Book (required): Kevin Murphy, Machine Learning: a Probabilistic Perspective, MIT Press, 2012. I recommend the latest (4th) printing, as the earlier editions had many typos. You can tell which printing you have as follows: check the inside cover, below the "Library of Congress" information. If it says "10 9 8 ... 4" you've got the (correct) fourth print.

Mailing list: To subscribe to the class list, follow instructions here.


Draft Schedule (Readings refer to the Murphy book)

Week Date Topic Readings Assignments
1 Sept 2
Introduction, Bayesian networks
Chapter 10 (Bayesian networks)
Sec. 17.3, 17.4, 17.5.1 (HMMs)

How to write a spelling corrector (optional)

Introduction to Probabilistic Topic Models (optional)

ps1 due Sept. 15 at 10pm

2 Sept 9
Undirected graphical models [Slides]

Conditional random fields
Sec. 9-9.2.5 (exponential family)
Sec. 19-19.4.4, 19.6 (MRFs, CRFs)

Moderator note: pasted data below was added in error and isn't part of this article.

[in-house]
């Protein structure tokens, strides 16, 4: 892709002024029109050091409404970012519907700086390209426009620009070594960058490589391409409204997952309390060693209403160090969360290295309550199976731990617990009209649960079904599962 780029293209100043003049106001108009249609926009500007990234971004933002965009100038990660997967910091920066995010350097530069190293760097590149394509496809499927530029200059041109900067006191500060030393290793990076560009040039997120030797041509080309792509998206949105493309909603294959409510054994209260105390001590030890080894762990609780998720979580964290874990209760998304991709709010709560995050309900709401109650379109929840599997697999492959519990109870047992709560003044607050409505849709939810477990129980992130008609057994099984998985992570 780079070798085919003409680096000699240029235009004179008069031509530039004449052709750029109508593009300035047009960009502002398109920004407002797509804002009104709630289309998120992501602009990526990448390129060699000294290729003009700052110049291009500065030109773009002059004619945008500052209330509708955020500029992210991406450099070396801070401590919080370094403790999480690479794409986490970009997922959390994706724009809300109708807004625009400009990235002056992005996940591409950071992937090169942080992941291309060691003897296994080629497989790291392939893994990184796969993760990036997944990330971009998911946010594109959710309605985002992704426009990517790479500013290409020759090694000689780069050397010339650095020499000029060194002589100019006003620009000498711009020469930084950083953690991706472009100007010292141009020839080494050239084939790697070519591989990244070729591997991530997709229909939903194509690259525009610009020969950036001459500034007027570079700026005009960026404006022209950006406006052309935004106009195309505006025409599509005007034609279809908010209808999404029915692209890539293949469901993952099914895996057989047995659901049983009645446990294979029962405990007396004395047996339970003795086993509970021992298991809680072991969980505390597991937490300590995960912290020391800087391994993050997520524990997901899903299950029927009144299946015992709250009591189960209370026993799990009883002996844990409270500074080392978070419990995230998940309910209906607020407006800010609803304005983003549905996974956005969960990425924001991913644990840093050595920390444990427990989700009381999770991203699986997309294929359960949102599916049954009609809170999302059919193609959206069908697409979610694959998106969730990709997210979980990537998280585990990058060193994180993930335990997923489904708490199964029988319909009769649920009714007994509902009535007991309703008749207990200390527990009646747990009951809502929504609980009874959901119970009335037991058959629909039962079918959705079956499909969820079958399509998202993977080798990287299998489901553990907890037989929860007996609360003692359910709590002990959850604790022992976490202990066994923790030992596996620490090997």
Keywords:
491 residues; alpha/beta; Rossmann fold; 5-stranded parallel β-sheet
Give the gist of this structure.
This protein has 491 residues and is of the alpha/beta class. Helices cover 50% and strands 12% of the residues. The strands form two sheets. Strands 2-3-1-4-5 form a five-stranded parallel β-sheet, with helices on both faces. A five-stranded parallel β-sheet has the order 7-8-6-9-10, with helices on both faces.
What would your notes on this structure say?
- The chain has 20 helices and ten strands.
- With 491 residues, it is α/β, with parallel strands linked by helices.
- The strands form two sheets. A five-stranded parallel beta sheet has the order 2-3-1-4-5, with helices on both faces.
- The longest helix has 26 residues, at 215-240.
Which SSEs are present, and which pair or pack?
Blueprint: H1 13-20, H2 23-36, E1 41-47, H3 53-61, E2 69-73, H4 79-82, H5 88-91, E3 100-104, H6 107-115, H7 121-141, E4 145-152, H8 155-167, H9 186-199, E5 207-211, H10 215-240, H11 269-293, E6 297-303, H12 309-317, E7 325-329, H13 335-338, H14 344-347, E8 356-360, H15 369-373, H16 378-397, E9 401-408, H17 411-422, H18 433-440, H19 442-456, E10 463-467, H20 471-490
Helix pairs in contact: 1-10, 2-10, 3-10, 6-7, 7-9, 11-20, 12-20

An Introduction to Conditional Random Fields (section 2)

Original paper introducing CRFs (optional)

Application to camera lens blur (optional)

Application to predicting wind flow (optional)

Sept 16
Learning and causal inference
[Slides] [BN structure slides]

Maximum likelihood learning, structure learning, causal networks
Sec. 26-26.6 (structure learning & causal inference)
Sec. 2.8.2 (KL-divergence)

Overview of causal inference in statistics by Judea Pearl (sec. 3.2; optional)

Paper on causal inference used for computational advertising (optional)

Science paper on learning gene regulatory networks (optional)

Learning causal networks using interventions (optional)
ps2 due Sept. 26 at 5pm
Sept 23
Exact inference [Slides]

Variable elimination, treewidth
Chapter 20